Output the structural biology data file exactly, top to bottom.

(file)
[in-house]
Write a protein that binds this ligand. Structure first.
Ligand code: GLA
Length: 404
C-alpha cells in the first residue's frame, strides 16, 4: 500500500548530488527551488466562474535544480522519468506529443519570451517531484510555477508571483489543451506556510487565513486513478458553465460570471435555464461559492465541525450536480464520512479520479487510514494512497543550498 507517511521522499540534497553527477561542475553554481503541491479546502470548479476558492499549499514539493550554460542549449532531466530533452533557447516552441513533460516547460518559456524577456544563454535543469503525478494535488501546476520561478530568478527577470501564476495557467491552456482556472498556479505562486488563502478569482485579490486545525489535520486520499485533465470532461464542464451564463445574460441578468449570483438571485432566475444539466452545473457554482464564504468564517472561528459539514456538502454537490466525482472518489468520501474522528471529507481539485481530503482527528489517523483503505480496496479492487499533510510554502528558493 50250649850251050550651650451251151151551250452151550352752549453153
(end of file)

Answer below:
[in-house]
Write a protein that binds this ligand. Structure first.
Ligand code: GLA
Length: 404
C-alpha cells in the first residue's frame, strides 16, 4: 500500500548530488527551488466562474535544480522519468506529443519570451517531484510555477508571483489543451506556510487565513486513478458553465460570471435555464461559492465541525450536480464520512479520479487510514494512497543550498 507517511521522499540534497553527477561542475553554481503541491479546502470548479476558492499549499514539493550554460542549449532531466530533452533557447516552441513533460516547460518559456524577456544563454535543469503525478494535488501546476520561478530568478527577470501564476495557467491552456482556472498556479505562486488563502478569482485579490486545525489535520486520499485533465470532461464542464451564463445574460441578468449570483438571485432566475444539466452545473457554482464564504468564517472561528459539514456538502454537490466525482472518489468520501474522528471529507481539485481530503482527528489517523483503505480496496479492487499533510510554502528558493 50250649850251050550651650451251151151551250452151550352752549453153